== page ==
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MSNBC reports that “many twenty- and thirtysomethings raised on MTV and InStyle magazine have tried to mimic the glamorous lives of the rich and famous through the use of credit cards. But as the 21st century has ushered in skyrocketing housing prices, stagnant income levels and five- or six-figure student loans to pay off — a seismic shift has occurred: A growing number of young adults are reassessing their lifestyles and mimicking the frugal habits of their Depression-era grandparents.”

The timing of the MSNBC story is ironic. Less than a month ago, a new study from ACNielsen said that Americans are the most cash-poor consumers in the world, with almost a quarter of all US consumers saying that once they have covered their essential living expenses, they have no money left over.

MSNBC notes that “many economic forecasters doubt that those under age 35 will be the first generation not to equal or surpass their parents’ standard of living. That is a disturbing reality for a group that should be in its prime, looking toward marriage and their first home. Instead, they struggle to pay hefty student loans and credit card debt.”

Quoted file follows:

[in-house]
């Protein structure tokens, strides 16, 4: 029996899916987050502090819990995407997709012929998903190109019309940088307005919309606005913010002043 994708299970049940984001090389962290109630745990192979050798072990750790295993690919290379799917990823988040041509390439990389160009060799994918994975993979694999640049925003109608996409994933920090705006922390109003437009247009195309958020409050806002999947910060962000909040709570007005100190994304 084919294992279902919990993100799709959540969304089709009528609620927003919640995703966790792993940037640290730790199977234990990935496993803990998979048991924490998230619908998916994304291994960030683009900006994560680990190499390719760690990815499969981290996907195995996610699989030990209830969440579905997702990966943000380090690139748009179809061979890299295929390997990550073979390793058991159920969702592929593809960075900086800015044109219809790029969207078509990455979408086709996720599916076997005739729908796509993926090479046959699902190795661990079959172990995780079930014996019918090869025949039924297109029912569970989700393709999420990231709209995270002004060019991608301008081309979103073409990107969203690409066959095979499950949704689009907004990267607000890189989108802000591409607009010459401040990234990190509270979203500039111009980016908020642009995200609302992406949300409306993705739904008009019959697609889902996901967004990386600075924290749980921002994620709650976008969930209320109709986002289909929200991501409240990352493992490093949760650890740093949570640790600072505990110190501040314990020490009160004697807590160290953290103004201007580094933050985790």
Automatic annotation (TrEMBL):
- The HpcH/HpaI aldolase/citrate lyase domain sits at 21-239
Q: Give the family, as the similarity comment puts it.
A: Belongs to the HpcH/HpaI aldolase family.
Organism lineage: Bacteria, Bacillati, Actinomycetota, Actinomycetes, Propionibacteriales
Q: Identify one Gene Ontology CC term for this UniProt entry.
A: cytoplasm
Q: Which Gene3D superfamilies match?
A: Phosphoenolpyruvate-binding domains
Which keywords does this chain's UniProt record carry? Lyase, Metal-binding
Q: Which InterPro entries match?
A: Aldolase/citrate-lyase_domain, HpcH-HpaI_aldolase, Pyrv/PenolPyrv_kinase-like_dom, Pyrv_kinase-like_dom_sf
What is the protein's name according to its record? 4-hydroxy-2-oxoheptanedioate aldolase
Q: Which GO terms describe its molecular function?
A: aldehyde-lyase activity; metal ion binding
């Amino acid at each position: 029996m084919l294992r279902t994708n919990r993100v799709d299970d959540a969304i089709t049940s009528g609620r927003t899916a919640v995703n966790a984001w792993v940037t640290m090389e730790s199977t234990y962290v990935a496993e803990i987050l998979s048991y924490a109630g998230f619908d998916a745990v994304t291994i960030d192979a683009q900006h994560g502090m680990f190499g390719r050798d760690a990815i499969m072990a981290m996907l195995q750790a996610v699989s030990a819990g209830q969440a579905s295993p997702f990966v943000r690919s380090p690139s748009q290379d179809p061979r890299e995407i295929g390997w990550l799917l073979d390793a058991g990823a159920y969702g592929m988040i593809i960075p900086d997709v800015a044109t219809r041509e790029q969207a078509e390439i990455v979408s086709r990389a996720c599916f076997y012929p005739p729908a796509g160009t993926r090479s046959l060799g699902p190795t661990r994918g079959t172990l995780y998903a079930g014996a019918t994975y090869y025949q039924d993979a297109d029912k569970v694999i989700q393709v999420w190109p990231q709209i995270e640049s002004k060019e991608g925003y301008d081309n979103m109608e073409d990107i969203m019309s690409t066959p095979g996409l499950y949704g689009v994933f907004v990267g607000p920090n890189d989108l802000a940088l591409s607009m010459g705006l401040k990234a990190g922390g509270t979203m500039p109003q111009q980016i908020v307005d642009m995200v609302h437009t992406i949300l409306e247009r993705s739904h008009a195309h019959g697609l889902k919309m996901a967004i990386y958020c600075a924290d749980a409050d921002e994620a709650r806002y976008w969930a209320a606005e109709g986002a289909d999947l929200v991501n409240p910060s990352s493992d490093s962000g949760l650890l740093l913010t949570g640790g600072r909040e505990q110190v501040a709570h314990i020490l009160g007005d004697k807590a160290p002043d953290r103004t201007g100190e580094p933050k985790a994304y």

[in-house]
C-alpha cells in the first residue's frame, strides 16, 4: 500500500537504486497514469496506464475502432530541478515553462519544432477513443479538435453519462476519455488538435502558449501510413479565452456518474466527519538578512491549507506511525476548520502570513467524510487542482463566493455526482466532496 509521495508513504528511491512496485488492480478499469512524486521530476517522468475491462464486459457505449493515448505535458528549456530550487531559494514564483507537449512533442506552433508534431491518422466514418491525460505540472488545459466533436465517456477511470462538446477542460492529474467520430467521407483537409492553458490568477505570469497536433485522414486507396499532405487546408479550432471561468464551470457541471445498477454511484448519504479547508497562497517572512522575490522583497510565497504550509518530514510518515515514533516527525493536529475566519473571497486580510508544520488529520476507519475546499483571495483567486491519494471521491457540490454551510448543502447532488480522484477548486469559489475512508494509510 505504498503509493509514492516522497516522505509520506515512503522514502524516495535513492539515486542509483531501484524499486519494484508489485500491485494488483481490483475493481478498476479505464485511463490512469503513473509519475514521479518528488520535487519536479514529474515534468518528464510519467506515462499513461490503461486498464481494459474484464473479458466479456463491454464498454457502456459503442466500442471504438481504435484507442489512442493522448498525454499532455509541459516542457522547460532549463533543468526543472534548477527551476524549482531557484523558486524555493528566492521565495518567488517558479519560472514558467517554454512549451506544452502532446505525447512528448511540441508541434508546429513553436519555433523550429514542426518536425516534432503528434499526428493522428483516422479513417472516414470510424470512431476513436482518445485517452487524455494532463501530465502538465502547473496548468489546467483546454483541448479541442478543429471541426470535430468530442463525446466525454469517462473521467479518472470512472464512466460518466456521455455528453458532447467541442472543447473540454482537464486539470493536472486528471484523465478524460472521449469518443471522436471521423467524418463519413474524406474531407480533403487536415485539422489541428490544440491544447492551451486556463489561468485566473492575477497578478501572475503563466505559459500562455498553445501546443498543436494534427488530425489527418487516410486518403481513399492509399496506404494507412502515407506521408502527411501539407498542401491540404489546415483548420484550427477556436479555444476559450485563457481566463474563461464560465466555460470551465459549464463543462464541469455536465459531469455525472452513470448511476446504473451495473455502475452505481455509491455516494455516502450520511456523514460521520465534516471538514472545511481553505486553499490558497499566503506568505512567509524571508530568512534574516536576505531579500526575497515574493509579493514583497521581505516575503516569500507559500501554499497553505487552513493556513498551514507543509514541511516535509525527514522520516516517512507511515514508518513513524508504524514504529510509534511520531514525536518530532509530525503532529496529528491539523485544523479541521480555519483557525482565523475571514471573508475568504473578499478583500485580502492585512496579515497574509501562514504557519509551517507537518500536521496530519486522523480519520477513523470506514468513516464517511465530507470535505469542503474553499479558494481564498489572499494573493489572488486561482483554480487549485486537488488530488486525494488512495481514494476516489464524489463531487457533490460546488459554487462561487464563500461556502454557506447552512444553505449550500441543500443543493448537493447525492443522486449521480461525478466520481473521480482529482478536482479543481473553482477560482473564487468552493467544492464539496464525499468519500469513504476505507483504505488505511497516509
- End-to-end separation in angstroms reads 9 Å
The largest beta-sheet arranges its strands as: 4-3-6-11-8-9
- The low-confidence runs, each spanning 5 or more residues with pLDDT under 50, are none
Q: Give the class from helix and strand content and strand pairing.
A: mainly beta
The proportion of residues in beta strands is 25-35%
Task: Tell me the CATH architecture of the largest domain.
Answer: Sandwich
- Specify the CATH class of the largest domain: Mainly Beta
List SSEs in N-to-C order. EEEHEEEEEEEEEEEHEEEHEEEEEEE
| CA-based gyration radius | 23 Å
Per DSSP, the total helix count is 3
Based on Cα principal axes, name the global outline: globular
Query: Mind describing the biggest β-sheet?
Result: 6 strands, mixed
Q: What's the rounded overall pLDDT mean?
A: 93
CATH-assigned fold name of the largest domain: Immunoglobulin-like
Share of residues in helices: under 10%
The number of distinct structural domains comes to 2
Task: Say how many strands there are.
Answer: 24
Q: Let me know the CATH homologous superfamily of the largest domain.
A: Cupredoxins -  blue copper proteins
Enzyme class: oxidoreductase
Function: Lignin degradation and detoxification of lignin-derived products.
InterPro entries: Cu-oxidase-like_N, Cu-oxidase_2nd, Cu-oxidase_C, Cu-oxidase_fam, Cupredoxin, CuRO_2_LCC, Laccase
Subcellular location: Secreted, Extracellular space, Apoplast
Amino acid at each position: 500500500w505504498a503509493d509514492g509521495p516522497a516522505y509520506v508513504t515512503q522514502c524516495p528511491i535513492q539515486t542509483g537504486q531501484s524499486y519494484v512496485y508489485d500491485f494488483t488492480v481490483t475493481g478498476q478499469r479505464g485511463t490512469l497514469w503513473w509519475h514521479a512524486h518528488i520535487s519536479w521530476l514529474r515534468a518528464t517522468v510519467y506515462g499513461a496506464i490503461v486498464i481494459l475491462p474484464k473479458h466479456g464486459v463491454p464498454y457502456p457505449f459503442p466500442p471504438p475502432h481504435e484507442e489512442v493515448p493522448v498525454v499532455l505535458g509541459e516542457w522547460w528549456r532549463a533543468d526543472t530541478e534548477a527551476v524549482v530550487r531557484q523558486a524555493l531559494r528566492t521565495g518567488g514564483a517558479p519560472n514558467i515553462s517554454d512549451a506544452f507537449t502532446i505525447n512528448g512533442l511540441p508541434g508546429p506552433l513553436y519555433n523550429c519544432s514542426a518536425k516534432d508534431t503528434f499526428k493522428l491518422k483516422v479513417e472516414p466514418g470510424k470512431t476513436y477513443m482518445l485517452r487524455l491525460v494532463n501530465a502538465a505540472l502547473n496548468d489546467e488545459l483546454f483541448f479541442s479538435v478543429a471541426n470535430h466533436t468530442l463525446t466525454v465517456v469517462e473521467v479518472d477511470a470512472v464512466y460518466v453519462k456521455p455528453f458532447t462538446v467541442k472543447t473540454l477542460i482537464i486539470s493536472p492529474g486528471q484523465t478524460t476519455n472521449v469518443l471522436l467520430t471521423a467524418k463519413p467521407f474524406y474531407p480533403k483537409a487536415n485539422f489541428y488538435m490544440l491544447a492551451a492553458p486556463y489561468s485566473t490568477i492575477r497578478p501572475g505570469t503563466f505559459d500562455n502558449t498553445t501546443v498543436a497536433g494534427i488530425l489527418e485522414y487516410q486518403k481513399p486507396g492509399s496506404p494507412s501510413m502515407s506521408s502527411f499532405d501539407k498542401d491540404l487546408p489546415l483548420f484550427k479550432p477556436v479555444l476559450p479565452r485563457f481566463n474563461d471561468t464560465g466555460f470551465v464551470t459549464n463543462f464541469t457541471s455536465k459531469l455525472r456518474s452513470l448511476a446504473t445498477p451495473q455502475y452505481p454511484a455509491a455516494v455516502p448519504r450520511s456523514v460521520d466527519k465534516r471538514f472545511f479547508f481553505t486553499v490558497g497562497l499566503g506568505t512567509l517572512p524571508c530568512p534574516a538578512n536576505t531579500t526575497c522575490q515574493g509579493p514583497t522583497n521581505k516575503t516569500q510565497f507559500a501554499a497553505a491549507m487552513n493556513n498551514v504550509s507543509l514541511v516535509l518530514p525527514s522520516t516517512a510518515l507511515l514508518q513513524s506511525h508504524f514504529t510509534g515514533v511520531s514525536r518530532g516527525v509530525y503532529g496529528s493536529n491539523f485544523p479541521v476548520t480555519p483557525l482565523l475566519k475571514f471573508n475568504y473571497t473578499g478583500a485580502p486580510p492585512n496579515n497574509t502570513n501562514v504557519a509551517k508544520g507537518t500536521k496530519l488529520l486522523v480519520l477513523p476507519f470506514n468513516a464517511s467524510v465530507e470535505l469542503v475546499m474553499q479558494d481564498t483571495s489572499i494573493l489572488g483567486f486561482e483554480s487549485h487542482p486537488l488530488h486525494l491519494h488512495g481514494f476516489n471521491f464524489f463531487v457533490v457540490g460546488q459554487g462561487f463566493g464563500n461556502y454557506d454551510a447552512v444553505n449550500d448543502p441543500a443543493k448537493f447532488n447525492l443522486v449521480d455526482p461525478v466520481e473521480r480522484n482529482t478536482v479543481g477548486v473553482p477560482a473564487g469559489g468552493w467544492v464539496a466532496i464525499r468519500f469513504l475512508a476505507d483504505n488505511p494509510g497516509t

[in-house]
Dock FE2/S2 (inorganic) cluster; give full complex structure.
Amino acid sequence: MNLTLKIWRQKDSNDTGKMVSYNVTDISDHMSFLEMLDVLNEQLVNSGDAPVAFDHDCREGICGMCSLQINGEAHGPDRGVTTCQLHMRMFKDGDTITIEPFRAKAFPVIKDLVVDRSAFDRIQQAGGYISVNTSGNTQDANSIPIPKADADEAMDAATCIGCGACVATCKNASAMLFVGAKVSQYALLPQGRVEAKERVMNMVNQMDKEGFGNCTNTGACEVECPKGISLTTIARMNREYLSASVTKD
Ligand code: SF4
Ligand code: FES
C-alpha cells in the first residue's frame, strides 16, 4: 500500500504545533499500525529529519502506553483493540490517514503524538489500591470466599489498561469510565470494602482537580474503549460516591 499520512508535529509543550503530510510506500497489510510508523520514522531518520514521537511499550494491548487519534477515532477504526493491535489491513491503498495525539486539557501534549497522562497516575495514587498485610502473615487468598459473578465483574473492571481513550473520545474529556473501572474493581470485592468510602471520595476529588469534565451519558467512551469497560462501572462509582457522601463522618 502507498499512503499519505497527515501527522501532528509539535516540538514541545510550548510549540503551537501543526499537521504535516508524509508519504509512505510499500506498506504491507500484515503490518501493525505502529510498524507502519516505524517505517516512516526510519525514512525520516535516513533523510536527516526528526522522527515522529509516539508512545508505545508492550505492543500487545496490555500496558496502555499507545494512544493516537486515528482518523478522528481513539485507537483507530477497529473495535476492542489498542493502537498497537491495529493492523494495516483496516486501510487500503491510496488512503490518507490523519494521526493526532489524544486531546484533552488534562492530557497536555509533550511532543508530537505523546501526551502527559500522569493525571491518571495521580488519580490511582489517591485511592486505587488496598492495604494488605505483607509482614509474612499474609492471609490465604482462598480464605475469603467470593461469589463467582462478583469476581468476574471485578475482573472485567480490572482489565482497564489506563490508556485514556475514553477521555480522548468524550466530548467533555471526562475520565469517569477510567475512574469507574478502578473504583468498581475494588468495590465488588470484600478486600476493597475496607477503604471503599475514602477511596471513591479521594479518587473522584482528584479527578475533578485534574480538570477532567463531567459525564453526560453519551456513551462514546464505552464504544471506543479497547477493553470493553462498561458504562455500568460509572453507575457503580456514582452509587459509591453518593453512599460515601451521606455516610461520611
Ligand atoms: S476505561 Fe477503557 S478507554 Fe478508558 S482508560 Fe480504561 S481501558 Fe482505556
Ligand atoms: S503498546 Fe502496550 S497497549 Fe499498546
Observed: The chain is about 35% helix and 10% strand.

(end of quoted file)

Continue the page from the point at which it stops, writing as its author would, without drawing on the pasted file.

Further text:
KC's View:
Sometimes retailers delude themselves that someday discounts will be less important to most consumers, and companies like Wal-Mart will struggle because of how they are positioned.

It is going to be a long time until someday.

These stories suggest that for a generation of young people who already are trying to cut corners, and who are facing the possibility that their standard of living is lower than that of their parents, discounts will continue to be important. It won’t be everybody, and it won’t be on everything.

But it will raise the ante for retailers who can’t be lowest on price, and force them to find other ways to create compelling shopping experiences.